• Swelling
  • Redness
  • discharge from the eye
  • excessive blinking
  • keeping their eye(s) closed

In such a case, it’s important to see an avian veterinarian right away for treatment. Most eye infections can be effectively treated with antibiotic eye drops or ointments.

Corneal Ulcers

Corneal ulcers can occur as a result of eye trauma. When a wound forms over the cornea, it can be painful for the parrot, making it difficult to open the affected eye. Corneal ulcers can be serious if left untreated. 

Other Health Diseases 

A myriad of eye conditions can lead to discomfort and the inability to open the affected eye. However, there can be a number of other diseases that can indirectly cause eye pain and even secretions. 

Unihemispheric Sleep

Many times, the reason why a parrot closes one of its eyes can be unrelated to any health condition. Parrots usually keep one of their eyes open when taking a light daytime nap. This is known as unihemispheric sleep. 

In this kind of sleep, the parrot is half awake and opens either one of its eyes intermittently to take a look around. This helps them be more aware of the situation and sleep soundly. So if you notice your parrot sleeping with one eye open, it is probably nothing to get concerned about. 

What To Do If Your Parrot Is Closing One Eye? 

If you notice your parrot closing one eye, you should call your avian vet immediately. The vet will ask a few questions like how long the condition has been for if the other eye seems okay, the parrot’s appetite, changes in fecal consistency, or if there’s any eye discharge. Based on this, they will assess your parrot’s condition and probably suggest, home care for the next 24 hours.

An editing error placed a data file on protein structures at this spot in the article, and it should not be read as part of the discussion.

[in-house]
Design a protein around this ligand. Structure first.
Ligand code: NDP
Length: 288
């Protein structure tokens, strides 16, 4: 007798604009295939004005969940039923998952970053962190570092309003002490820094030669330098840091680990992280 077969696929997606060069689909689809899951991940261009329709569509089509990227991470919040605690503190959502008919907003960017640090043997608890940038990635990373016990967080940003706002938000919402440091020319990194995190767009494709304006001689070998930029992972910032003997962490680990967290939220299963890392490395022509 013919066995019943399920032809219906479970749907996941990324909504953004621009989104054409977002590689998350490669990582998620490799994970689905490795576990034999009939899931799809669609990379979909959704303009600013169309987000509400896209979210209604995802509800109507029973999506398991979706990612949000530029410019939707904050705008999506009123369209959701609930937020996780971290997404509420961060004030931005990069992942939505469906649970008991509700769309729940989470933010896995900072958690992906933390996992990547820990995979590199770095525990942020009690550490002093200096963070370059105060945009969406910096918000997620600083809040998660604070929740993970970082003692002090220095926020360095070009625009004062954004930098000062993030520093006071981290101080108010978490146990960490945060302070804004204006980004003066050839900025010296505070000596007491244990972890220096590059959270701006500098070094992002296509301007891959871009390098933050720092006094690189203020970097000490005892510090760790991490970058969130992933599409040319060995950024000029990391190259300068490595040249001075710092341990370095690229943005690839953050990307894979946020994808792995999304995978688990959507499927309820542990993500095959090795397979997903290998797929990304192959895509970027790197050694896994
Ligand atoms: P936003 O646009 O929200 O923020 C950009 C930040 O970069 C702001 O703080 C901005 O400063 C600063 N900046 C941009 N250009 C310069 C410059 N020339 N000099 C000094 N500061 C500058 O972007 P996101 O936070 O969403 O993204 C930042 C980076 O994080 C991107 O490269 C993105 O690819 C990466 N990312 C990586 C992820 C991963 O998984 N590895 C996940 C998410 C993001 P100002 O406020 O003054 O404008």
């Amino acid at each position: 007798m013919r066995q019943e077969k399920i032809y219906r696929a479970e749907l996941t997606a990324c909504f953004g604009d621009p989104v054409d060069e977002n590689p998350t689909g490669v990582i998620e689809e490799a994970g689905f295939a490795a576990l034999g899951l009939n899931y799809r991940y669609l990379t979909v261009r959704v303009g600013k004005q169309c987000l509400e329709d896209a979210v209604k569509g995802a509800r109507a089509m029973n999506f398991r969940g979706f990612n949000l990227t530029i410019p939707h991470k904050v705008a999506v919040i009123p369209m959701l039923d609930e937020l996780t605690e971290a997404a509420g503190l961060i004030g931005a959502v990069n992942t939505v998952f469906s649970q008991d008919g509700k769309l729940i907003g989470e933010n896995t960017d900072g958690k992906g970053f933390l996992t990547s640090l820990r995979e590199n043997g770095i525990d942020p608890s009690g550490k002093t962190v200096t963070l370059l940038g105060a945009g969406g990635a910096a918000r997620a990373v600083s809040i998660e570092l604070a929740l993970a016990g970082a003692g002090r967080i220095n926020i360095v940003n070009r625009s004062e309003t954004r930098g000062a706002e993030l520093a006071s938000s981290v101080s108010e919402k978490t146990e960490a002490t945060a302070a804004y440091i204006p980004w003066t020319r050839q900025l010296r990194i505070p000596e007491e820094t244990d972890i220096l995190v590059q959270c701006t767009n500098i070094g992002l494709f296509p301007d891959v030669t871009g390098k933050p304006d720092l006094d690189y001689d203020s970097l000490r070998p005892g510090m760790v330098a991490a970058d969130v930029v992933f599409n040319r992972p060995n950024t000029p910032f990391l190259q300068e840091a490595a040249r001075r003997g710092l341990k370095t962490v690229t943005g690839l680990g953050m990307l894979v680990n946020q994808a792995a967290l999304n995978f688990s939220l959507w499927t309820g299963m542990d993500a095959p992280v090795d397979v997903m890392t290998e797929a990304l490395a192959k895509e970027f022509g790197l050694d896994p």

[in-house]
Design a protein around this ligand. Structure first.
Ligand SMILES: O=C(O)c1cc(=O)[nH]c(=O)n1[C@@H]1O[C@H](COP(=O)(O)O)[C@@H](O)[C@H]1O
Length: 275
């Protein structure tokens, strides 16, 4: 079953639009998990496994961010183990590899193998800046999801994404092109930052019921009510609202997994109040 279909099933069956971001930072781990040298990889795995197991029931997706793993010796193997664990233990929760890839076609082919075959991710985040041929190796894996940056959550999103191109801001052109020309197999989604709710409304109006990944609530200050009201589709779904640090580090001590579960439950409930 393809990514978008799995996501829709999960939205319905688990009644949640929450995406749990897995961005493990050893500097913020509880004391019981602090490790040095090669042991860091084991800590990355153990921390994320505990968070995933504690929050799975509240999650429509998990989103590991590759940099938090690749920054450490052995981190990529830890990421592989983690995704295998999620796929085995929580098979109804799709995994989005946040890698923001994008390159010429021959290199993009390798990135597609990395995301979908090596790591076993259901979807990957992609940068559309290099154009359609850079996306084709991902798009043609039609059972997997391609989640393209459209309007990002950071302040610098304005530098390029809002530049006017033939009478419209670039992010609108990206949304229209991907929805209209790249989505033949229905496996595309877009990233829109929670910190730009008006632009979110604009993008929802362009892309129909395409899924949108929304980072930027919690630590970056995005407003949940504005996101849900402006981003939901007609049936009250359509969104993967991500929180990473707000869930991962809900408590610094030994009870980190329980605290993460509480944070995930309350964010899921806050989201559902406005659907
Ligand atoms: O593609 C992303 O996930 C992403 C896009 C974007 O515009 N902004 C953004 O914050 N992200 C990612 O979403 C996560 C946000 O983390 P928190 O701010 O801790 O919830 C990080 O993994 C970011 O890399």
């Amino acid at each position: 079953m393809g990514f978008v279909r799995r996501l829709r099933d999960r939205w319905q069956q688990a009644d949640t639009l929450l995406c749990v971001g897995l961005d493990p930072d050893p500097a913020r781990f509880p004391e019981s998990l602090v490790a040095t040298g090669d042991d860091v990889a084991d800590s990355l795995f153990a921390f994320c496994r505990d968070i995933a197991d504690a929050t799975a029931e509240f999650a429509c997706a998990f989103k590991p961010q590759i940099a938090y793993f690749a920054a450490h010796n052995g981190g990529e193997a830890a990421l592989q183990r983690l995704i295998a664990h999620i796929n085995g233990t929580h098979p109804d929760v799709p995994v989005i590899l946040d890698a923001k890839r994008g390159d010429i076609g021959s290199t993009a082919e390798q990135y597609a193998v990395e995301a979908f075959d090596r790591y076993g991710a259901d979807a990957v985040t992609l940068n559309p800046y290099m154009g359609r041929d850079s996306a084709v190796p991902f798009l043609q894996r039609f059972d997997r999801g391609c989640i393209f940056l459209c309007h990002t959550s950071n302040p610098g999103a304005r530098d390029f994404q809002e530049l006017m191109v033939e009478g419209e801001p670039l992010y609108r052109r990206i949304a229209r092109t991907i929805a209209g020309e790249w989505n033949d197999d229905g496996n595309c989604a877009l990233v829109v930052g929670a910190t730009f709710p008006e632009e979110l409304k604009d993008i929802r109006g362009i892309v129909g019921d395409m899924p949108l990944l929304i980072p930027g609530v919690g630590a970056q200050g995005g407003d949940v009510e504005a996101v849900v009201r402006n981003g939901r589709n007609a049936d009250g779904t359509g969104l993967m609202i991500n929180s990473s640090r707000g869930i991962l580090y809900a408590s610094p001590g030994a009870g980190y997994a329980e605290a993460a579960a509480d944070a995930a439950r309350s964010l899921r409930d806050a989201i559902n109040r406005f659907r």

Meanwhile, you should keep an eye out for eye discharge and other symptoms like sneezing or scratching of the eye. This can give you an idea of how serious the problem might be. Also, try to find out how long the problem has been going on and if there have been any changes in the parrot’s eating or pooping habits. While the parrot is not feeling well, it’s essential to make sure it stays strong and eats enough food.

If the eye condition does not resolve or get better in a day, you should visit your vet. If your parrot has a foreign object in its eye, the veterinarian may flush it out. For other health conditions, the vet will recommend procedures accordingly. 

Dorson Joseph
Dorson Joseph

I'm Dorson, a bird enthusiast who's had a lifelong fascination for the avian world. I am a parent to my beloved Senegal parrot and budgie, which has deepened my love for avian creatures and taught me a lot over the years. I co-run a bird store and care center with my friends, where we work with experienced professionals to care for our flock. Now, I find great joy in sharing my knowledge with others, hoping to assist fellow bird keepers and enthusiasts in understanding birds and helping them live happy lives.